"You could see his face. He still had hair on his head," Bacchus said. "I've been on the job 35 years, and I've never seen anyone dead that long."
Riccardi had been a widower for several years. A neighbor told Newsday she used to read his mail to him and perform other tasks, but stopped when they had a fight in the summer of 2005, after Riccardi demanded that she stay and help him when she had to go to work.
A woman named Brandi Senkus submitted this photograph to WNEP. I believe it was taken Thursday or Friday along Route 11 in Berwick, Columbia County. You can see the traffic back-up caused by the closure of Interstate 80. Improper spelling aside, I think the sign says it all.
For more pictures of the storm, go to WNEP.COM and look for the Valentine's Storm slideshow.
Here are my thoughts, in no particular order, on the storm and everything that went with it:
- The height of the storm came on Wednesday afternoon, just as I was trying to make my way into work. The 18 mile trip took me about three hours, which included some time stuck in a snow bank until a passing wrecker pulled me out. That was on an entrance ramp to 81. I also got stuck in two other spots along the way. Fortunately, there were people around to push me out. Thank you.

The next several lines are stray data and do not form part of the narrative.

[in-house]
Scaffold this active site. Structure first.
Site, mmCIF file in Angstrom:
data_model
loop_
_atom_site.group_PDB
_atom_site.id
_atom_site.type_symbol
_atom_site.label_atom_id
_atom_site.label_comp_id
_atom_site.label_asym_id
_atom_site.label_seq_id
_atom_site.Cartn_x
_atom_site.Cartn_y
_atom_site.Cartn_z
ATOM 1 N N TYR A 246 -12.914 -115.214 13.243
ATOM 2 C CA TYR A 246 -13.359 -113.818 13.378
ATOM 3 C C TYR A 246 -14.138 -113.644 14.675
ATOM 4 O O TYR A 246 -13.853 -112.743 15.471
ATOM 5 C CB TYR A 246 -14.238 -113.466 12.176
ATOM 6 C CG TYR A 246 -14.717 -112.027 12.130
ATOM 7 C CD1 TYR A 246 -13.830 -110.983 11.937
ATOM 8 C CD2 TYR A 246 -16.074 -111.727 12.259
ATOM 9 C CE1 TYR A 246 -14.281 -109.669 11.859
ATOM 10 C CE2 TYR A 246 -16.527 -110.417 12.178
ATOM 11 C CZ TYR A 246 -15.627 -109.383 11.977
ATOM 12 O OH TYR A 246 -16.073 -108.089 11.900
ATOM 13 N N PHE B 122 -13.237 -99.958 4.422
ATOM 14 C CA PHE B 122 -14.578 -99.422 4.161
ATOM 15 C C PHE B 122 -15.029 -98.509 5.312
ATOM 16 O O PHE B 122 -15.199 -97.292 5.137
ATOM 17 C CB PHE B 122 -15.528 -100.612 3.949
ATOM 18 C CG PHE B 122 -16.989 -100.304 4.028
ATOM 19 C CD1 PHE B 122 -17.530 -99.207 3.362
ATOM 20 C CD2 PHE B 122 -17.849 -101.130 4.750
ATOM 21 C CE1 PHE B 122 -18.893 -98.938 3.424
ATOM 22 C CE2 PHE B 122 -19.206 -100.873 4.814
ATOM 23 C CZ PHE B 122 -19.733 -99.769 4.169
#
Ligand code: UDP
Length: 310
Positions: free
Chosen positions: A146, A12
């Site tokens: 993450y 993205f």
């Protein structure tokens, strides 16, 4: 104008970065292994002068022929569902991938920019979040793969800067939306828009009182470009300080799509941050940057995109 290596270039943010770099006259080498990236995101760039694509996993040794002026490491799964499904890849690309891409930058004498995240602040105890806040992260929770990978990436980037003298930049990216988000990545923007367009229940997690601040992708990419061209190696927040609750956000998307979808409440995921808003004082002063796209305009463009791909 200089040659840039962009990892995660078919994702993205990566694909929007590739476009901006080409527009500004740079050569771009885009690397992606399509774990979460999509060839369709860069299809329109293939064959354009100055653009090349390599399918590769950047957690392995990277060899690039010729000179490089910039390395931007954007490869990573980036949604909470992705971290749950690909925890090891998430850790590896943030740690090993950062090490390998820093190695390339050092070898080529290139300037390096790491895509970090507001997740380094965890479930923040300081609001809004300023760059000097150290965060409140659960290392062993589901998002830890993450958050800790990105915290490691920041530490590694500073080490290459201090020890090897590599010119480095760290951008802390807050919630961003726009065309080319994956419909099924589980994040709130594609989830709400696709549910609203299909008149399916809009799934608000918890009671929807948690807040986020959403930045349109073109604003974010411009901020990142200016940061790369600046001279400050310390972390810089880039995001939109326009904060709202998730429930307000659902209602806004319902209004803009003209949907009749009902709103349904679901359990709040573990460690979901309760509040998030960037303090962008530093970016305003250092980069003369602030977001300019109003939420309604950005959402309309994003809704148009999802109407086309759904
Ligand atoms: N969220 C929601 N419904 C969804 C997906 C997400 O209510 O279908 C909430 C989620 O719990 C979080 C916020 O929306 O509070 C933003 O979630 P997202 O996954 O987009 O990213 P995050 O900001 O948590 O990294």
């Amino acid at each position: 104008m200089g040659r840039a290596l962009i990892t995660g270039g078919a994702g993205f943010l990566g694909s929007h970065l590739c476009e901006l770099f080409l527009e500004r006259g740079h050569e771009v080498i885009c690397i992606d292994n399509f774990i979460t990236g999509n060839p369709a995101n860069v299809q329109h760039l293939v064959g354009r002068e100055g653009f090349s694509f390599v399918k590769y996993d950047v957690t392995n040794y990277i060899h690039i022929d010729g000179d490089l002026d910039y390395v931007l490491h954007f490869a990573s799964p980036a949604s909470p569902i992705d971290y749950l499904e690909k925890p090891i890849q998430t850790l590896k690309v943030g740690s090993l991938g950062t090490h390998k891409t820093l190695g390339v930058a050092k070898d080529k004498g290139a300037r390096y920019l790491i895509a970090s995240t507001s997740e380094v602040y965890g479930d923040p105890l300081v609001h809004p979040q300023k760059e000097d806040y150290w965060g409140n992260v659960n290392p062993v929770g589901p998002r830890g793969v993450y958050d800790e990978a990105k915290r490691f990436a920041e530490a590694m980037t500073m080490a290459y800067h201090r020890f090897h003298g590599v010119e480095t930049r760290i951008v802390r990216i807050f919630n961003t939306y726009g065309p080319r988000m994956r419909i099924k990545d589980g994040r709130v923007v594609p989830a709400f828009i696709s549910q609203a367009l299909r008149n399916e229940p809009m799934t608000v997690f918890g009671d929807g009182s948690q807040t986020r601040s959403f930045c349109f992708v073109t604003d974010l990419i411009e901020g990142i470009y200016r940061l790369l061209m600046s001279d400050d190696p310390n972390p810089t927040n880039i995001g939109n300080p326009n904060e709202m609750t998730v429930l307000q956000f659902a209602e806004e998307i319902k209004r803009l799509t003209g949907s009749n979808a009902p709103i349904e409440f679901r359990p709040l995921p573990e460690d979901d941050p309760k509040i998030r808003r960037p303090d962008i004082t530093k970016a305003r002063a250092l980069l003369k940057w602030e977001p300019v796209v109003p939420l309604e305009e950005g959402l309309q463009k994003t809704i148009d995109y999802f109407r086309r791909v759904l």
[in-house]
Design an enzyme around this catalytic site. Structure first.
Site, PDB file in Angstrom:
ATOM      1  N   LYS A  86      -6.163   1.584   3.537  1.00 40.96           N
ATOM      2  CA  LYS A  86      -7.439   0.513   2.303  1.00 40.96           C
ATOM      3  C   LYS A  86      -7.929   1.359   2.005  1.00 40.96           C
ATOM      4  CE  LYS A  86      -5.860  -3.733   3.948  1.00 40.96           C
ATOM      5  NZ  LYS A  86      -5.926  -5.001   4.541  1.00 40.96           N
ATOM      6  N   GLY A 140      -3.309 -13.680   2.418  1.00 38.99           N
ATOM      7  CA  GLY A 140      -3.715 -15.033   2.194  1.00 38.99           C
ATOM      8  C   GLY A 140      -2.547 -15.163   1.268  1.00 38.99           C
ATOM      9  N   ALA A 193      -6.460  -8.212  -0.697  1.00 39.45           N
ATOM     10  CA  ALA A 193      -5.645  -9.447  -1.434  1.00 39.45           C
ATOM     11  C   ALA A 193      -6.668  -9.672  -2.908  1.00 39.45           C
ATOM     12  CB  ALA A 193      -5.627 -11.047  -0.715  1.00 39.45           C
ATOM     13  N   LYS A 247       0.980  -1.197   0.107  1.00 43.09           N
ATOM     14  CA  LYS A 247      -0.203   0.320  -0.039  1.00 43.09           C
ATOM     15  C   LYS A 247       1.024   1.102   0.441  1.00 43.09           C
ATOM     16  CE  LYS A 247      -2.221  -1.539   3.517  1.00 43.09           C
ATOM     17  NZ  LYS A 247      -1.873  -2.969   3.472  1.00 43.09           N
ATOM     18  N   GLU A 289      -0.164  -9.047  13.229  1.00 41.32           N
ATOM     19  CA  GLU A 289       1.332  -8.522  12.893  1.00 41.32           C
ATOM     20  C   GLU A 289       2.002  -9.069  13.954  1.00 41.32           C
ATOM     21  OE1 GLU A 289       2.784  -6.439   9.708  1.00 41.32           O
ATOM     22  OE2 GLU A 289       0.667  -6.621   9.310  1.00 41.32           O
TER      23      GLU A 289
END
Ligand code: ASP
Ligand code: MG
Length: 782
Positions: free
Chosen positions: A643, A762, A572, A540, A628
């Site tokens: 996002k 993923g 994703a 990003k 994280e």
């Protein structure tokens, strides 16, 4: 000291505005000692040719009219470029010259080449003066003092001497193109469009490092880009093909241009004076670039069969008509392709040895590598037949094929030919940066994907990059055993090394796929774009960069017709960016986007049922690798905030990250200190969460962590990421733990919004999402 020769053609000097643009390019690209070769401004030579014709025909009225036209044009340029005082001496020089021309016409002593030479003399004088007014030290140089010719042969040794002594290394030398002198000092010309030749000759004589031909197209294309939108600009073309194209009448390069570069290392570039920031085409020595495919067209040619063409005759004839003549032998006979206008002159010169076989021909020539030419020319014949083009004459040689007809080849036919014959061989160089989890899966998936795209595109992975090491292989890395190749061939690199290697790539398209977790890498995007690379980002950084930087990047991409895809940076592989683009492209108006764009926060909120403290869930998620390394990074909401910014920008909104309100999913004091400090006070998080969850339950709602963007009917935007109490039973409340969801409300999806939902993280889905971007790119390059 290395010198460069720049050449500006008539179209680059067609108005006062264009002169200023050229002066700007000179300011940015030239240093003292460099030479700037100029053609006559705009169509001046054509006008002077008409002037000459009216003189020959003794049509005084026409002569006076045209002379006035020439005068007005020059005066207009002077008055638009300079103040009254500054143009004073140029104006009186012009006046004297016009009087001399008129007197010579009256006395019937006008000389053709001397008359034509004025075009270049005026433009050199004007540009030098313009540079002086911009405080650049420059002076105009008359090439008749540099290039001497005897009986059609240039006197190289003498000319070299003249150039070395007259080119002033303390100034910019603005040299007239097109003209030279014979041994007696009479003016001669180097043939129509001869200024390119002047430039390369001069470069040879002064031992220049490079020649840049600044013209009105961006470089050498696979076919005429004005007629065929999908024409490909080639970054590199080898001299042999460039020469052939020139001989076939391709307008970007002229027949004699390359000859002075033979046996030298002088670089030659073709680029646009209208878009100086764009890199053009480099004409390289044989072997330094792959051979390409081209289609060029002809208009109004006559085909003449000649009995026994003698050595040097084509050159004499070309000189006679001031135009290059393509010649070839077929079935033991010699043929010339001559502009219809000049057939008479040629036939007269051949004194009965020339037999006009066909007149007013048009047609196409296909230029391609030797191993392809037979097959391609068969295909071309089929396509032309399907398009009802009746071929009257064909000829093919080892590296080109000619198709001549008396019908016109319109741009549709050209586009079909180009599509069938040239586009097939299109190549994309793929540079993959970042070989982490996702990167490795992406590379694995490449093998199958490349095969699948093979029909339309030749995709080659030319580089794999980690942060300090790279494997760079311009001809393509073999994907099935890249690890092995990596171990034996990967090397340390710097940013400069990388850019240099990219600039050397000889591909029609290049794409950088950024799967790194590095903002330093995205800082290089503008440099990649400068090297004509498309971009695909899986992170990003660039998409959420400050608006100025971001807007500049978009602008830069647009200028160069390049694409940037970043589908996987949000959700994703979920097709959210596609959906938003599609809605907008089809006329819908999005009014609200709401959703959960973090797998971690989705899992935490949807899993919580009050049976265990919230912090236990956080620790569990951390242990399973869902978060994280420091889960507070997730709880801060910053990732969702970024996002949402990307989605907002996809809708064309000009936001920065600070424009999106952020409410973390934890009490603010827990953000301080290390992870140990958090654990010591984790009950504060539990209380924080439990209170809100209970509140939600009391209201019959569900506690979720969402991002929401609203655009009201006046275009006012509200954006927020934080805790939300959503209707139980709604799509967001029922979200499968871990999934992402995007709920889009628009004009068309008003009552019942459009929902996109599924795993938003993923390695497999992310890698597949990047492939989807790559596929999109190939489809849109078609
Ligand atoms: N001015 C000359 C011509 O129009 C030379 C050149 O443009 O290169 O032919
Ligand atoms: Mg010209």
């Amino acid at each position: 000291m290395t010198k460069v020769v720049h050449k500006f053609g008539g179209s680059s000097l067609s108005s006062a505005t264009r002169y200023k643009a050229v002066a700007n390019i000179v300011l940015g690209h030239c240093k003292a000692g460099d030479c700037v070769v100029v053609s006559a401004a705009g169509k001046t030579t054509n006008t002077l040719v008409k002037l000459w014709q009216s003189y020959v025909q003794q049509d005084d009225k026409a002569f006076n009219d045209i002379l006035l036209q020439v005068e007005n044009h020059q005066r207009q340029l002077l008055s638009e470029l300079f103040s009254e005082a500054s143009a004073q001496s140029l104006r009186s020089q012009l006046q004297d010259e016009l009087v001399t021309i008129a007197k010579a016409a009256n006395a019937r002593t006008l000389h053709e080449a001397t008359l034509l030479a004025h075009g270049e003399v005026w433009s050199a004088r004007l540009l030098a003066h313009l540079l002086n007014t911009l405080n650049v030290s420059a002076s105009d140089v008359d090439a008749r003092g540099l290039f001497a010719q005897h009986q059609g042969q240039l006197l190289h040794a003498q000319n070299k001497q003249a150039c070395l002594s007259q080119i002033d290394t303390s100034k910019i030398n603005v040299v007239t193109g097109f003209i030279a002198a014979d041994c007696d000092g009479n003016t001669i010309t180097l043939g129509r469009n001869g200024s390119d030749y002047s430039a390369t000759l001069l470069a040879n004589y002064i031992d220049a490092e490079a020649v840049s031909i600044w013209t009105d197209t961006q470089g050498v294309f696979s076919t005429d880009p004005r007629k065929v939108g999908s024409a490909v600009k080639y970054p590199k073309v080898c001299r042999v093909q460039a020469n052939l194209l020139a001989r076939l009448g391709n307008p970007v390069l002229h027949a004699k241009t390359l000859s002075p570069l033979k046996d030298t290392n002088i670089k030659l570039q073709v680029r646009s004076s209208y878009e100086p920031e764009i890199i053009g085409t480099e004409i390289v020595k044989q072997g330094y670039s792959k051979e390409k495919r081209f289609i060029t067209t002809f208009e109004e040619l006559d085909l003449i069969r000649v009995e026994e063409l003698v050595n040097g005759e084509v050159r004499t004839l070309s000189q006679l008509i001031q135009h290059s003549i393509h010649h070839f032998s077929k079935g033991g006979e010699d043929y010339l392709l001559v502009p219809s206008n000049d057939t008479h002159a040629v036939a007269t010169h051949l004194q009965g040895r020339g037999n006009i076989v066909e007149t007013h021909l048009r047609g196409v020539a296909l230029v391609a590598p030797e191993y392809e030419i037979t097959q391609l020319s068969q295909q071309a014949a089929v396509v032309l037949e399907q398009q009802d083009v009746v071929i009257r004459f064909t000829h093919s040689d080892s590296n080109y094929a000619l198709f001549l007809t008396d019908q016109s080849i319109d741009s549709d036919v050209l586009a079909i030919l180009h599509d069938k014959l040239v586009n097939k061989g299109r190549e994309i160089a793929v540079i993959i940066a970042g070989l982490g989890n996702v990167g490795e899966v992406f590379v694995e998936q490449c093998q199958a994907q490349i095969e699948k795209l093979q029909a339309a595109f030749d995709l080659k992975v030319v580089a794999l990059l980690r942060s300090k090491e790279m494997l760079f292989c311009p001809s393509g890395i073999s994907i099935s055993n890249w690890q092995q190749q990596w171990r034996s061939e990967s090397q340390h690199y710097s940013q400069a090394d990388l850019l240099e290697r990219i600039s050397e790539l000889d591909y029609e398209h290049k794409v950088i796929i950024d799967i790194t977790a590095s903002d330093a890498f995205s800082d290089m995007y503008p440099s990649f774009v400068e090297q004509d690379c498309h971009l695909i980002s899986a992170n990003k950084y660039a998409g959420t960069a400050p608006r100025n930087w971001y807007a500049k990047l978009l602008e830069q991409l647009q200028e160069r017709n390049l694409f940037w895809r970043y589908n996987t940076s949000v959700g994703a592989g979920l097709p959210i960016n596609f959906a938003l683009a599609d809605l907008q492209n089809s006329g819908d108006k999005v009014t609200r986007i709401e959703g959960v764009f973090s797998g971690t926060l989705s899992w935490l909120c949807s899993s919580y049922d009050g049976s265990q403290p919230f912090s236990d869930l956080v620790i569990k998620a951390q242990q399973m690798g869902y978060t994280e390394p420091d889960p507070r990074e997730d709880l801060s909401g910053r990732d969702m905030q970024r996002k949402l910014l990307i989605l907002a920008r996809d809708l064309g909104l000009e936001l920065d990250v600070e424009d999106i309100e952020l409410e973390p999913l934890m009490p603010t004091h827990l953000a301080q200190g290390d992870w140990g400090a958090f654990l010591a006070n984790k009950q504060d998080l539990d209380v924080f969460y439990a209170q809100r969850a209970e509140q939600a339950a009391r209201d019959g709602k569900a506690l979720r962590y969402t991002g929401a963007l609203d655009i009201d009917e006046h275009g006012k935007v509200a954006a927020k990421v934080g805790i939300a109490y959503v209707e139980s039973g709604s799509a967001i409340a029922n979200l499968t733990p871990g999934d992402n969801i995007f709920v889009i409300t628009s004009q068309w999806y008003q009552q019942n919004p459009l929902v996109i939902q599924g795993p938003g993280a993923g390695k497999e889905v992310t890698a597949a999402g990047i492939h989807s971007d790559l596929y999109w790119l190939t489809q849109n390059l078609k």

- As harrowing as the trip to work was, overall, I was lucky. I made it to work safely, vehicle intact. And, thanks to my news director, I avoided getting stuck in the 17 hour backup along Interstate 81 by the airport. Just after I got unstuck from the snowbank, the ND called to tell me that the interstate was being closed and I should get off at the next exit. I did. The rest of the drive was no picnic, and I had to stay at the station until the following morning, but at least I wasn't trapped on an interstate.
- By the time I left for work on Wednesday afternoon, it was snowing steadily. We had already had a few inches of snow, followed by sleet and freezing rain. If the roads had been plowed at any point up to then, I couldn't see it. So much for PennDOT's promise that they were prepared and would "keep up" with the storm. It also seemed to me that there were a lot more vehicles on the road than there should have been. Maybe the state should have closed the interstates sooner, or maybe some people should have used some common sense and stayed home!